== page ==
8. Industrial Production: Thursday, 9:00. Industrial output for the whole area is published after the main countries have already published their data. Nevertheless, surprises are quite common here. Production dropped by 0.9% in April and a bounce could be seen in May: +1.2% is on the cards.
  9. ECB Meeting Minutes: Thursday, 11:30. The European Central Bank made big announcements in its June decision and the policy accounts will reveal more data about the deliberations behind the scenes. The ECB laid out its plan to reduce bond-buying to €15 billion in Q4 2018 and end QE altogether from 2019. However, they also pledged to leave interest rates at current levels through the summer of 2019 and President Mario Draghi stressed the conditionality attached to any changes in the policy. It will be interesting to see how wide was Draghi’s backing and the strength of the hawkish camp led by Bundesbank President Jens Weidmann. The document may also contain hints about further action. Trade concerns may also be of interest after reports stating that the ECB is worried about the implications of trade disputes on the economy.
  10. German WPI: Friday, 6:00. The Wholesale Price Index serves as another measure of inflation. Wholesales prices eventually reach the consumer. The WPI surprised with an increase of 0.8% in May. We will now get the figures for June.

* All times are GMT

EUR/USD Technical Analysis

Euro/dollar started the week by moving towards the 1.1676 level mentioned last week.

Technical lines from top to bottom:

1.2060 was the low point in late April and it is the last barrier before the round number of 1.20.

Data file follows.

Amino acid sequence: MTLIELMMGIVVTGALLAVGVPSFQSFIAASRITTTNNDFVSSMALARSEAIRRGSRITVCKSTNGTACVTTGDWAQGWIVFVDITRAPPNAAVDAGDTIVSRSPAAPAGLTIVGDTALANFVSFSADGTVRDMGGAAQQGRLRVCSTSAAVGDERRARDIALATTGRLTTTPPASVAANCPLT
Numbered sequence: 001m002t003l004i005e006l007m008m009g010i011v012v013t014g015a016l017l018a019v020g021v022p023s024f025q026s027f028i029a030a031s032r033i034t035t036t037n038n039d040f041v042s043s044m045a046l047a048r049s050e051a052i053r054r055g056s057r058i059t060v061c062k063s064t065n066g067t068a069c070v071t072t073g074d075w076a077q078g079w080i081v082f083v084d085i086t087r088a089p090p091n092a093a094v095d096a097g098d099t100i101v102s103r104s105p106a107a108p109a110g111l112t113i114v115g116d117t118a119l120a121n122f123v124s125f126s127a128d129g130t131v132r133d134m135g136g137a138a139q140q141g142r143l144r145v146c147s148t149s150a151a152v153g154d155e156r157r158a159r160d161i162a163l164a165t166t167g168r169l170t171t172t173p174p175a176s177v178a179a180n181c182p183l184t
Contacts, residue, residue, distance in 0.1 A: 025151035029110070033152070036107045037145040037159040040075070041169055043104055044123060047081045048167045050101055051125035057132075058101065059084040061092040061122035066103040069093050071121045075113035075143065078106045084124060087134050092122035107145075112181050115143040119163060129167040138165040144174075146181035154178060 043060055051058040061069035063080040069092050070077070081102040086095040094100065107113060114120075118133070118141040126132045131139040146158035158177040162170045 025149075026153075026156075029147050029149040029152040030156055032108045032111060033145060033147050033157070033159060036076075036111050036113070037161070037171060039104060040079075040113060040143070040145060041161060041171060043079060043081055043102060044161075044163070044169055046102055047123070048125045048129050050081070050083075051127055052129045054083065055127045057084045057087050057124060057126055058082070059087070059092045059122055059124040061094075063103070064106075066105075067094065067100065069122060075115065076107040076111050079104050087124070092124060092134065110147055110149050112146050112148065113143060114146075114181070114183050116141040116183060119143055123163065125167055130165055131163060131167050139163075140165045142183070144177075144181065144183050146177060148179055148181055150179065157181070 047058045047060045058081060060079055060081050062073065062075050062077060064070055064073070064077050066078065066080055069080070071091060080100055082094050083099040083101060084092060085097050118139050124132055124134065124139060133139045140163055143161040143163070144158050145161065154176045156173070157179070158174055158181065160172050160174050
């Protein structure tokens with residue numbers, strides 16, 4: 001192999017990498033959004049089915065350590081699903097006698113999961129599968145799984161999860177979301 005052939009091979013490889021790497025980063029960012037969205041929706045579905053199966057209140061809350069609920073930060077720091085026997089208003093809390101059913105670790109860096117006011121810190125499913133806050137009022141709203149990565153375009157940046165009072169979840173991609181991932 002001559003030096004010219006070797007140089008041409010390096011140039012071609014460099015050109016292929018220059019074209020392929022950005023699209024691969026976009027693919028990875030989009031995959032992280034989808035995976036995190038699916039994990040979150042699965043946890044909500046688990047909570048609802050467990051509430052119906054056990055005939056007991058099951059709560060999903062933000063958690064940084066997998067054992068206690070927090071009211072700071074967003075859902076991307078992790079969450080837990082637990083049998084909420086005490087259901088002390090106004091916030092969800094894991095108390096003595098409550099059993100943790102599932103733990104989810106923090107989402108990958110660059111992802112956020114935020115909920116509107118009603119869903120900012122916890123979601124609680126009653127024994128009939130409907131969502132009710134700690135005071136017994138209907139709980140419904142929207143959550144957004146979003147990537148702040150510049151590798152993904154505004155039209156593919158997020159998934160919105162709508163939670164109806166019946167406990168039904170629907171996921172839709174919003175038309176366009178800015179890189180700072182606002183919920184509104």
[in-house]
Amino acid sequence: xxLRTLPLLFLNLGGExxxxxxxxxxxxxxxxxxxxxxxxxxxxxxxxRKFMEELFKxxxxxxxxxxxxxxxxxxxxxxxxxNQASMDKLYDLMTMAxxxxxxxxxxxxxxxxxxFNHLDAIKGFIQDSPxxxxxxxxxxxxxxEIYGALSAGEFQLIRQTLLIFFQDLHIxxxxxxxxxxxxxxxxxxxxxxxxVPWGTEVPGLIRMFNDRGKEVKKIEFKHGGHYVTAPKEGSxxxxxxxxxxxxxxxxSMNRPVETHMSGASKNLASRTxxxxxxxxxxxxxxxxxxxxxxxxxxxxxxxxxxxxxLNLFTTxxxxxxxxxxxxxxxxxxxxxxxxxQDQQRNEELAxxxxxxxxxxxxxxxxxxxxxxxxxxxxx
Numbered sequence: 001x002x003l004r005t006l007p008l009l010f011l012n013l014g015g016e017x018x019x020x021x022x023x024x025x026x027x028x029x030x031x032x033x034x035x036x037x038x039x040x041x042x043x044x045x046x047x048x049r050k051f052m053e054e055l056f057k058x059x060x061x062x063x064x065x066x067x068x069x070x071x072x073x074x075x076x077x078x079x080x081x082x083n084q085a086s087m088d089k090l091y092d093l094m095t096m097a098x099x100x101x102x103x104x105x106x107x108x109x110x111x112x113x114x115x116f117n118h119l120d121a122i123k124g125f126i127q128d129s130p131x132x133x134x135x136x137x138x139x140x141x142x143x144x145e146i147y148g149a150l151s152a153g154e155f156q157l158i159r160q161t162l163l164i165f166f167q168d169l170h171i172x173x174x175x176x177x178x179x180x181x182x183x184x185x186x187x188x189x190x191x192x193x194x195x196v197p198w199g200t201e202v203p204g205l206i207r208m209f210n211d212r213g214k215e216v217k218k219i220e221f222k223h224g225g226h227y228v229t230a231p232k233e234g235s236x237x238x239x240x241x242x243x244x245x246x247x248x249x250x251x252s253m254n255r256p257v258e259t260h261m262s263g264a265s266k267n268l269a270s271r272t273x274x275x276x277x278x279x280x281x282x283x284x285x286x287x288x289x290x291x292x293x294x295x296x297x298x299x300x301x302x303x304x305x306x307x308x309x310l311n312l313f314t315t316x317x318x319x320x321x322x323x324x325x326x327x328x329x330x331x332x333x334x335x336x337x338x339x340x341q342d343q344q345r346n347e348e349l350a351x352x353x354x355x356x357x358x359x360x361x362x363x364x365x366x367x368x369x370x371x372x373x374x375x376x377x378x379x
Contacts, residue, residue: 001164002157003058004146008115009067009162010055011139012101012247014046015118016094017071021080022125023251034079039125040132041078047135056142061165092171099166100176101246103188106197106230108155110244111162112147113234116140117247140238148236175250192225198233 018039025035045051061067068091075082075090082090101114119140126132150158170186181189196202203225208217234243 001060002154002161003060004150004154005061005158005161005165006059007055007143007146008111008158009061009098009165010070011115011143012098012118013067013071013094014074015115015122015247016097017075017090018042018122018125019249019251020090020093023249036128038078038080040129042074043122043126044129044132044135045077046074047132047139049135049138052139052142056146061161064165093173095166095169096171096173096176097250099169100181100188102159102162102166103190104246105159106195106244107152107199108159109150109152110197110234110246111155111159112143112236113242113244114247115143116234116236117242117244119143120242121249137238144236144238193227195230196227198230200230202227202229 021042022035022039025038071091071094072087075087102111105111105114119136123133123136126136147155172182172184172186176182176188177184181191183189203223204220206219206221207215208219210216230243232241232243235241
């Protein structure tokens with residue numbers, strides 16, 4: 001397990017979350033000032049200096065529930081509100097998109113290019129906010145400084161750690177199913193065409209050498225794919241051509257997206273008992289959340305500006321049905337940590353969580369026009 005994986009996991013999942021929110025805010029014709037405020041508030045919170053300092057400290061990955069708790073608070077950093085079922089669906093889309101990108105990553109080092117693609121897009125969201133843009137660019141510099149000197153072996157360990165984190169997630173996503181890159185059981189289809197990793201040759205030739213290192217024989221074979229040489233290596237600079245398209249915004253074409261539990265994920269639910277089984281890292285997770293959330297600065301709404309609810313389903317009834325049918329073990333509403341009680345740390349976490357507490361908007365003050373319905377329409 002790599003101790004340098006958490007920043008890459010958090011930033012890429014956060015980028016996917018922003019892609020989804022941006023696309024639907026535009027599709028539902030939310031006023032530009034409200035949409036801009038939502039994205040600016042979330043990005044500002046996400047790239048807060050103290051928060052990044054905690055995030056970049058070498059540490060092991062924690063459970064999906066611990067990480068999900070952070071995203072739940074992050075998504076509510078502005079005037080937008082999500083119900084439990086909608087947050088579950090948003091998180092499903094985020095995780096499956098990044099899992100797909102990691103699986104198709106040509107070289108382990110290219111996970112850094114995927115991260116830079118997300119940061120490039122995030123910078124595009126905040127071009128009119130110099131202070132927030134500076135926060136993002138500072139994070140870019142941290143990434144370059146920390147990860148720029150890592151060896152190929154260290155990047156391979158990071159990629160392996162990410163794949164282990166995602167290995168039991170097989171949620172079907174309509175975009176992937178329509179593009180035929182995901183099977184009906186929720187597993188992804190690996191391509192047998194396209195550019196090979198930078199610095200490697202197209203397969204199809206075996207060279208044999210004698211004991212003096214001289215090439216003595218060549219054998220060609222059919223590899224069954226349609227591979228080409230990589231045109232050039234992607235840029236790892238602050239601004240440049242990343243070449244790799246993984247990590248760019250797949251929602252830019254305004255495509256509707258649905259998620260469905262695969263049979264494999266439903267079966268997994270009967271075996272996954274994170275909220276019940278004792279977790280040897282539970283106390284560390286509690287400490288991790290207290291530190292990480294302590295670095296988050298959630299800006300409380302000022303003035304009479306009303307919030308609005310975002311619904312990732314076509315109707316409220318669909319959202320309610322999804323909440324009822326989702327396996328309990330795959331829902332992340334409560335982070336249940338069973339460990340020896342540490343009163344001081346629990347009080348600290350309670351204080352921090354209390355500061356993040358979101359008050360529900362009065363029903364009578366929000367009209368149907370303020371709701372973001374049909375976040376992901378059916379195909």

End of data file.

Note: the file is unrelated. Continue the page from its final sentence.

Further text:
The round number of 1.19 is also notable as a pivotal line in the range and it also temporarily held the pair back in late 2017. 1.1845 was the high point in early June.

Further down, the 1.1820 level was a stubborn support line in late 2017. 1.1750 is a low point recorded in mid-May.

1.1720 is a veteran line that worked in both directions, last seen in November. 1.1676 was a temporary low point in late May.

Lower, 1.1630 was a pivotal line in November and 1.1550 was the trough around that time.

Below, 1.1510 is the new 2018 low and also a ten-month trough. Further down, 1.1480 served as support back in July 2017.

I remain bearish on EUR/USD

Even though Germany’s crisis is over, the looming trade wars pose a significant threat to the economic recovery in the euro-zone. The US economy is doing better than the euro-zone one and this is not fully priced in.

Our latest podcast is titled Festive Fed, Dovish Draghi, and a global trade war

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Yohay Elam – Founder, Writer and Editor I have been into forex trading for over 5 years, and I share the experience that I have and the knowledge that I’ve accumulated. After taking a short course about forex. Like many forex traders, I’ve earned the significant share of my knowledge the hard way. Macroeconomics, the impact of news on the ever-moving currency markets and trading psychology have always fascinated me. Before founding Forex Crunch, I’ve worked as a programmer in various hi-tech companies. I have a B. Sc. in Computer Science from Ben Gurion University. Given this background, forex software has a relatively bigger share in the posts.